During the Triduum, we contemplate the greatest manifestation of divine activity in human history: the Passion, Death, and Resurrection of Jesus Christ. Easter Sunday is the culmination of the Triduum, so we should not be surprised that the opening prayer is a summery of the Triduum events.

O God, who on this day,

through your Only Begotten Son,

have conquered death

and unlocked for us the path to eternity,

grant, we pray, that we who keep

the solemnity of the Lord’s Resurrection

may, through the renewal brought by your Spirit,

rise up in the light of life.

Christ opens eternity for us. That certainly is an offer of eternity, but is also a restoration. Ecclesiastes (3:11) writes, “He has made everything beautiful in its time; also he has put eternity into man’s mind.” Created in the image of God, we live our lives with an intuition of eternity. Our sins suppress that intuition and we are reduced to focusing on the day to day struggles of life. Jesus Christ came into the world to make the sacrifice by which we are offered forgiveness of sins and reconciliation with God. This is the meaning of the cross, to return to a relationship with God that opens our hearts to eternity and love.

Christ died on the cross for our salvation but rose from the dead. That certainly contains the promise that we too will rise at the final judgement, but what about the here and now? Eternity can seem a dark foreboding reality. Even as faithful Christians, we don’t necessarily look forward to living as we do now for age upon age. Our opening prayer assures us that “by keeping the solemnity of the Lord’s Resurrection” we have access to the renewal of the Holy Spirit. The key here is Christ’s Resurrection, the empty tomb, the gospel for Easter Sunday. By the Resurrection of Christ and our gratitude for that profound event, the Spirit is here to lead us.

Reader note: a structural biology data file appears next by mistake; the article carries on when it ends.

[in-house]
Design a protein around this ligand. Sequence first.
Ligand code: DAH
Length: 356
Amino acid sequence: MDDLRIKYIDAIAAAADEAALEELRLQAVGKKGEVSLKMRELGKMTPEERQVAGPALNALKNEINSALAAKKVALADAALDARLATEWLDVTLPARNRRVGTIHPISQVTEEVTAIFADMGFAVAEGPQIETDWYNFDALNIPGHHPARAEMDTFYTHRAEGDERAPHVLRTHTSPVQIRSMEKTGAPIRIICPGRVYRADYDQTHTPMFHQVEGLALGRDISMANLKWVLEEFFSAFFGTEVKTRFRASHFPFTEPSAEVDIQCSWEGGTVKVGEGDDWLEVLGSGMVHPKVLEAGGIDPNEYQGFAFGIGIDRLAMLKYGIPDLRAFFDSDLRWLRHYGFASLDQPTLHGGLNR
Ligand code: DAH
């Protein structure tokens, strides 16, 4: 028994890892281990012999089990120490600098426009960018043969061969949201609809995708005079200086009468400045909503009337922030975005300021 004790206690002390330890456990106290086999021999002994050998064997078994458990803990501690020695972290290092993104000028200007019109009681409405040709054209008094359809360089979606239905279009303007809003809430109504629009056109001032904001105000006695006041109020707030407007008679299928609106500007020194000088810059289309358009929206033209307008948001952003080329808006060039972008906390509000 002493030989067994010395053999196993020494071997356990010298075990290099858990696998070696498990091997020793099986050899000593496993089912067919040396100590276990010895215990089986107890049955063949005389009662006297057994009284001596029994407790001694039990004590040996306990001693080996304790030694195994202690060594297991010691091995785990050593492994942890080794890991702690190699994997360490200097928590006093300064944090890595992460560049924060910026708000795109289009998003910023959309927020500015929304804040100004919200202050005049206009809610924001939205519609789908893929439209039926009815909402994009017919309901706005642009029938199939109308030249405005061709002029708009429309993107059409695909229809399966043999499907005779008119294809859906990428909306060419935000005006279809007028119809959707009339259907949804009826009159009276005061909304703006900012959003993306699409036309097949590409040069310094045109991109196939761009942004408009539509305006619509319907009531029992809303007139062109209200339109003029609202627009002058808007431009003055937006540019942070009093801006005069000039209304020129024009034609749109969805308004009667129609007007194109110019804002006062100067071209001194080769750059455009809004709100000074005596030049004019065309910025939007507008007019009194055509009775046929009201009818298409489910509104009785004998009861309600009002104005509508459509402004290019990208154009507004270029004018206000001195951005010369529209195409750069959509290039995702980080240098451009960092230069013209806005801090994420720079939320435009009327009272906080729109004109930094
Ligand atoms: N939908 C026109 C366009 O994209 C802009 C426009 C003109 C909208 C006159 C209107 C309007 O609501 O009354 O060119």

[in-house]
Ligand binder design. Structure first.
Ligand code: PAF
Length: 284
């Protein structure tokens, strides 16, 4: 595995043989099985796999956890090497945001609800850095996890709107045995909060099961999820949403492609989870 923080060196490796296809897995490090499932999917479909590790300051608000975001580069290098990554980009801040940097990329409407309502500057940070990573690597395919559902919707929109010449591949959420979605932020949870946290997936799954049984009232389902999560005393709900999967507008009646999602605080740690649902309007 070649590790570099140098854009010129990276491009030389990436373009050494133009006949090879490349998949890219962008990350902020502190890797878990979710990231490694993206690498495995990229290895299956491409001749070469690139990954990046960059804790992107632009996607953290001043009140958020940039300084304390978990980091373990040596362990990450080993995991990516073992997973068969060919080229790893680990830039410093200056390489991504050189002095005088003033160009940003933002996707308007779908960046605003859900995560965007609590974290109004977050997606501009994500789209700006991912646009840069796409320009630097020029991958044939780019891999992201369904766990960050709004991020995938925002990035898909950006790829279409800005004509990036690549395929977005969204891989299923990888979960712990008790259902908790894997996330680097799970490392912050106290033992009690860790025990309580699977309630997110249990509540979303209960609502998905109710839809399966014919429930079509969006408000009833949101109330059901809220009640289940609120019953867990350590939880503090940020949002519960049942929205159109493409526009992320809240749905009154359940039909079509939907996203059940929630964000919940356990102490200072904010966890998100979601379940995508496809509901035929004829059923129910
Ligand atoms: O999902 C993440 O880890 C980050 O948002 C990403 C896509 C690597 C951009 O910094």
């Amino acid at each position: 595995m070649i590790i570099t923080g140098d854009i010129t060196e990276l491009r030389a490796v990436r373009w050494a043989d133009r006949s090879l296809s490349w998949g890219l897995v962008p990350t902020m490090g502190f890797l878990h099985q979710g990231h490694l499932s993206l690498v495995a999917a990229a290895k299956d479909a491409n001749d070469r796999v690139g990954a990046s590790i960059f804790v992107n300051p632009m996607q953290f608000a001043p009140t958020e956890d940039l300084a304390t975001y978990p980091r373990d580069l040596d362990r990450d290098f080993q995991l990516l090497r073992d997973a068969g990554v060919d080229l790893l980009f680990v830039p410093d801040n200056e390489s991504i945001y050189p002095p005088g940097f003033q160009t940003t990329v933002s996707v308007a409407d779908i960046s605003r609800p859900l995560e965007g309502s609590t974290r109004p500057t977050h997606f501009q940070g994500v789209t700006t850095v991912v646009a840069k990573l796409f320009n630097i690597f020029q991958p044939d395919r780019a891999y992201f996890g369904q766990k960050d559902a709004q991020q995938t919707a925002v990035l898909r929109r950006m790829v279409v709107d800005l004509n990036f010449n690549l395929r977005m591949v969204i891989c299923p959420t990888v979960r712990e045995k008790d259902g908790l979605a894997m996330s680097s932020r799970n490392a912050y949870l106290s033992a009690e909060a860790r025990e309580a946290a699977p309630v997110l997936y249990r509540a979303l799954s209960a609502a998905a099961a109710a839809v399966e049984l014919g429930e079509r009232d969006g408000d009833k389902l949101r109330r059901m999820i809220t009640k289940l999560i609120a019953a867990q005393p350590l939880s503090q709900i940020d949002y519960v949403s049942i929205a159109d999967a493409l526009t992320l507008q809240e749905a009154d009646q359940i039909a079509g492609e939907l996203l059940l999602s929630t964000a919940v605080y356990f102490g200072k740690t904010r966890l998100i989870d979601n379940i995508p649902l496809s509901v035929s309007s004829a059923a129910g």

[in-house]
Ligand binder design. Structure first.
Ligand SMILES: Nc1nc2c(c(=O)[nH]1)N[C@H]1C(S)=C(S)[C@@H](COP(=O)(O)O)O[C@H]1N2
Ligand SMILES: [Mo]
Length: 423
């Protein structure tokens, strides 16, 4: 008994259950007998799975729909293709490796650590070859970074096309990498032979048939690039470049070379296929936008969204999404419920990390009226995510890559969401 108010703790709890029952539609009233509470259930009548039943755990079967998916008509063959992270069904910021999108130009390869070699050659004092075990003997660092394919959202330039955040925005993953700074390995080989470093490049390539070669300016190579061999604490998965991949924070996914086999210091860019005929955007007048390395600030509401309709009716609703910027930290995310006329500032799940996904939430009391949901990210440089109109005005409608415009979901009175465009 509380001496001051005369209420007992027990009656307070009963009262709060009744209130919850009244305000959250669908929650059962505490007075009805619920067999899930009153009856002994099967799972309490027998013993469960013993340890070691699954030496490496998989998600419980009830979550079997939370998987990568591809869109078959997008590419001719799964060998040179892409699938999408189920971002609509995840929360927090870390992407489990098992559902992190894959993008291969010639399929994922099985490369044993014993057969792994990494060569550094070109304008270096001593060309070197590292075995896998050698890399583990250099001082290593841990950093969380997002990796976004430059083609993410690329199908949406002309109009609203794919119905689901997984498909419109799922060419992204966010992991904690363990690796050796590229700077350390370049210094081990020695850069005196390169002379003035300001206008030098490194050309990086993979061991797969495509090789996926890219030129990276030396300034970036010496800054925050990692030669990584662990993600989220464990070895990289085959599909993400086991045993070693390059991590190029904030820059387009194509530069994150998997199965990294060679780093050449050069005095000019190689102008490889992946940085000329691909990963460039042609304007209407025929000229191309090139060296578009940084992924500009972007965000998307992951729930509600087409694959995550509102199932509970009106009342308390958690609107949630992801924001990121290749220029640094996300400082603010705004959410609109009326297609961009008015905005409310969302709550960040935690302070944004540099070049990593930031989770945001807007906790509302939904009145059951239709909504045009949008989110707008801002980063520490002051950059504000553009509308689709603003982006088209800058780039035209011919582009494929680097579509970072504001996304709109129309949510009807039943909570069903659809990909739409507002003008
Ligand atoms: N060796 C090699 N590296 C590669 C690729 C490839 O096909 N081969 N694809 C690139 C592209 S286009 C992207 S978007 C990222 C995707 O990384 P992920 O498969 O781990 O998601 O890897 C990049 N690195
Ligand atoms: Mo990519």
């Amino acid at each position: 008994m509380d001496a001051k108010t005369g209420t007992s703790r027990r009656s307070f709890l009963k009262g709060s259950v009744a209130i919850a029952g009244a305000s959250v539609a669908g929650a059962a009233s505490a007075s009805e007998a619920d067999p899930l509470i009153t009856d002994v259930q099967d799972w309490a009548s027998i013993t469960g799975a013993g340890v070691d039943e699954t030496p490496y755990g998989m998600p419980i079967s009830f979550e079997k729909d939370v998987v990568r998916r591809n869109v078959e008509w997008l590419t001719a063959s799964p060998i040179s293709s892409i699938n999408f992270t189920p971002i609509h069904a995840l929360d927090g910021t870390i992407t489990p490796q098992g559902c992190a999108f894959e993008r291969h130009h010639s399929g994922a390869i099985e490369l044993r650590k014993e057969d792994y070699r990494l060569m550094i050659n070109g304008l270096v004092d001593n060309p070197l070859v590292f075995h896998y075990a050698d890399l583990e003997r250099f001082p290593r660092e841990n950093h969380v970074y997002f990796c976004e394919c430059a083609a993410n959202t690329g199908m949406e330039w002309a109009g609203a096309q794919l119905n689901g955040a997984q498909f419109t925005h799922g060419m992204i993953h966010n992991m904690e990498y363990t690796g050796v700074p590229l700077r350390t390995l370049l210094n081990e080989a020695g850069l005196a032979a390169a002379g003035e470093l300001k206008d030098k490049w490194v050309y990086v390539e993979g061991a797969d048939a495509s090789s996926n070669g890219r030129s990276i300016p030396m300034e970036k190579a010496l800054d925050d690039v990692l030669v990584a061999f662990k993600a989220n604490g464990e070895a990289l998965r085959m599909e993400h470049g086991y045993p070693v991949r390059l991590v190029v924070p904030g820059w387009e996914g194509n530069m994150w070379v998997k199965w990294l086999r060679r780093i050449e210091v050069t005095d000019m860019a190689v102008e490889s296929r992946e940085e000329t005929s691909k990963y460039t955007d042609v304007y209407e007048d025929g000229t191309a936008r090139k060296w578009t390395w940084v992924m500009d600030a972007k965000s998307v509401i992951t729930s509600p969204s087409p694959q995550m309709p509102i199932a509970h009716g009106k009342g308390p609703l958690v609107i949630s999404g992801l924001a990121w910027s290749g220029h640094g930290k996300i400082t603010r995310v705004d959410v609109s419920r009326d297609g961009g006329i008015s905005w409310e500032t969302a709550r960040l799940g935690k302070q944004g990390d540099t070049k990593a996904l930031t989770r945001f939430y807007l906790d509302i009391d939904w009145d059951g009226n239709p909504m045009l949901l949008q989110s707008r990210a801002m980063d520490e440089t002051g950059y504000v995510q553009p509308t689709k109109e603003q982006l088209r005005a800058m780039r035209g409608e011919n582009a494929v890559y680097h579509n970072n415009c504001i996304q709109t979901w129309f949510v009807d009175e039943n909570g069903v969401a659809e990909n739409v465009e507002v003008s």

Our opening prayer tells us that the gift of the Resurrection by which we receive the renewal of the Holy Spirit is to rise up in light. Jesus Christ is the light of the world (John 8:12). However, light doesn’t help much if we don’t look around. In the difficulty of life, the Resurrection of Christ should be a beacon for us. “The people who sat in darkness have seen a great light, and for those who sat in the region and shadow of death light has dawned.” (Matthew 4:16). Christ has given us light and the Holy Spirit has given us vision. We need to use our vision in the light of Christ to find Him. His Resurrection means he is here with us now. We know where to find Him: in the community of the Church and in the celebration of the sacraments, especially the Eucharist. Our encounter with Christ at Mass is the strongest encounter we have with His eternity in this life.

The message of the Resurrection is hope. Hope for eternal life with God, but an eternal life that’s starts now when we take Christ and His teaching seriously.  Christ wants to open up the eternity He has hidden in our hearts. Christ is in eternity. We are called to share that eternity with Him, not only after we die, but here and now.

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